Short story - Horror

The Watcher

All I need is just one of them to look up and catch my eye – surely just one of them will realise I need help.

I have been sitting in the window now for an hour – just an hour since he had dragged me out of my dark corner.  I know it is an hour because I can see the bold red hands of the clock mounted at the top of the slide which is in the centre of the playground outside my window.

He tied my legs to the chair and pushed me up to the large, bright window so that I could look out onto the snowy-white landscape.  It had snowed overnight, that means it must be winter again.  I have been here for a year – a whole year.

The first time I looked out onto this view of the children’s playground it had been a sunny autumn day.  The brown kind of day you get when the summer is over and the sunlight is starting to fade.  I have watched every day since then.  All through the winter and the bright spring days, the heavy hot summer and now it was winter again.  And I was still here trapped and at my captor’s mercy.

He didn’t tie my hands anymore.  I had learnt that the first time I raised my bound hands, banged on the glass and shouted at the top of my lungs for help.  That’s when he took my hair – there was hardly any left now, just wisps around my neck.  The second time I did it, he took my finger.

I stopped shouting when he told me he would take another finger and then my tongue.

My hand still throbs even though it has almost healed as it relives that terrible moment when he bought the blade down and I felt the agony of him slicing through my bone.

I know I can’t risk making noise or giving any sudden movements – I know he would carry out his threats.  So I watch and wait through all the long days marking the time in my mind by the way the children are dressed.  Brightly coloured shorts and t-shirts in the warmer days, swimsuits and water games in the unbearably hot days.  Richly coloured woollen hats and scarves as the days got chillier and they added thick padded jackets and gloves as the winter days began in earnest.

So here I sit watching the snowball fights  and sliding games play out before me – hoping that someone would see me and realise.

I don’t know why he is doing this – I think he is enjoying a cruel game.  Every night as I am jerked sharply away from the window he asks me to describe what I have seen.  All the details right down to the games that are being played and who has won.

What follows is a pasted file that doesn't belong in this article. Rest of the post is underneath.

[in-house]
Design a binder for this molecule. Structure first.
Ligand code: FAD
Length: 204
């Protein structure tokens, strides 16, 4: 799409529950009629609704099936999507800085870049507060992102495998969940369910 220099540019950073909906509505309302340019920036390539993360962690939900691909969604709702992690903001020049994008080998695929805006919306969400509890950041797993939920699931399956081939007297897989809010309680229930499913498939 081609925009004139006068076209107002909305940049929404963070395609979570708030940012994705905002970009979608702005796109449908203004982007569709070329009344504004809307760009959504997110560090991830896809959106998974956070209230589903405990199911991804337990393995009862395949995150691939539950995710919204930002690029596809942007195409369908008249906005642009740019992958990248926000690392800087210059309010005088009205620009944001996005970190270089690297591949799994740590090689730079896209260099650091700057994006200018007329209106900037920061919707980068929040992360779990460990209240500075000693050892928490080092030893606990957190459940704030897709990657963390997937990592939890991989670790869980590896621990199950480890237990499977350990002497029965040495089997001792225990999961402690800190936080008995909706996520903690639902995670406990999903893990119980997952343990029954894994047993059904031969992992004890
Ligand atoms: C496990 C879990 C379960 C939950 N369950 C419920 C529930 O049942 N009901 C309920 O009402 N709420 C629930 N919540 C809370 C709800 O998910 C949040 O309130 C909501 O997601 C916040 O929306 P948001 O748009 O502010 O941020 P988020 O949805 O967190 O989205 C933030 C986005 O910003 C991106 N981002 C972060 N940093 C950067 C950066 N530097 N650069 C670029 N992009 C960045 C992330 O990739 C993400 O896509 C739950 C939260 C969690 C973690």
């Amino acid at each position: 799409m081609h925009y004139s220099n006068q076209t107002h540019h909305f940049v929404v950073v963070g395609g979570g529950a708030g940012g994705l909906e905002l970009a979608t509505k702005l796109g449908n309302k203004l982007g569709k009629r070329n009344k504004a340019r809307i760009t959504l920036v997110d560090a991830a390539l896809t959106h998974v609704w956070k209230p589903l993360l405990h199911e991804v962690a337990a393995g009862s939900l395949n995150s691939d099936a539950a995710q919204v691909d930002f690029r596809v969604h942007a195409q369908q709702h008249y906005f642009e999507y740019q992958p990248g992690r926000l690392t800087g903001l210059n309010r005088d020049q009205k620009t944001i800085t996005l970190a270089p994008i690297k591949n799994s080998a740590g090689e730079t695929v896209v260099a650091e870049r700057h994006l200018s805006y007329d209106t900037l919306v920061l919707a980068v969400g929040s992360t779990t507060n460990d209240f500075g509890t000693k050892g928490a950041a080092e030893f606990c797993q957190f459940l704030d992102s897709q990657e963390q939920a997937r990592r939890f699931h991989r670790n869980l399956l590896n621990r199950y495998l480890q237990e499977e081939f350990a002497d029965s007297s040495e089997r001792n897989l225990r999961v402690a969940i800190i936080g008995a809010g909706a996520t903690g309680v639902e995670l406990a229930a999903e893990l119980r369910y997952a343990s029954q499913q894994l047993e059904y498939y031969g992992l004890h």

If I tell a good enough story he might let me sleep or give me some more water.  I am always thirsty.  I think it is the drugs he uses to keep me docile.

I know he thinks he is being cruel, but really he has given me a gift.  Everyday there is a chance, however small, that someone will notice me  – after all I only need one person to see me. Just one.

* * * * *

“Are you taking Rosie back to her room Jack?” called out Maggie from across the hall.

“Yes, just walking her back now,” Jack replied

“Wait for me and I can walk with you. I would like to hear how she’s doing.”

Jack stood and waited behind the wheelchair where Rosie sat slumped, staring into the distance.

As usual she made no sound, just staring straight ahead, never looking to the left or the right. It concerned Jack that she was so unresponsive. Admittedly it had been traumatic for her leaving her little house and moving into the nursing home, but her lack of interaction with other people was unnerving.

She never spoke until she was spoken to, never asked for anything and never engaged with any of the other residents. It was almost like she was here alone. Just Rosie with Jack to look after her.

He bent down and adjusted the metal guards that cupped the back of Rosie’s legs, keeping her steady so that she wouldn’t fall out or get her feet caught underneath the wheels.

“Come on Maggie,” he called out. “We don’t want to be late with our exercises. I want to hear about what Rosie has seen today.”

That was the only time she spoke, when he asked her about her day, encouraging her to think about what she had seen and heard through the window. She became quite lyrical about watching the children giving lots of detail and bringing them to life like characters in a story.

She visibly relaxed when he told her she had done a good job or asked to hear more. It was almost as if she was trying to please him.

The only other time he had heard her make a noise was that first day when she had arrived, confused and unsure, clearly frightened to be in such unfamiliar surroundings.

She had clenched her fists and beat them against the window, until they became swollen and bruised, so swollen he had had to cut her wedding ring off.

She had screamed and tried to bite him, banging her head against the wall until she had to be restrained. It was a horrible thing to see, but she would not be comforted and needed to be sedated in the end.

Poor old girl, she didn’t deserve to end up here with no family to visit her.

It wasn’t natural, he decided. Tomorrow he would redouble his efforts to get her to engage with him. She needed to have just one conversation, to ask him for something, anything. Just one conversation that would be all that was needed. Just one.

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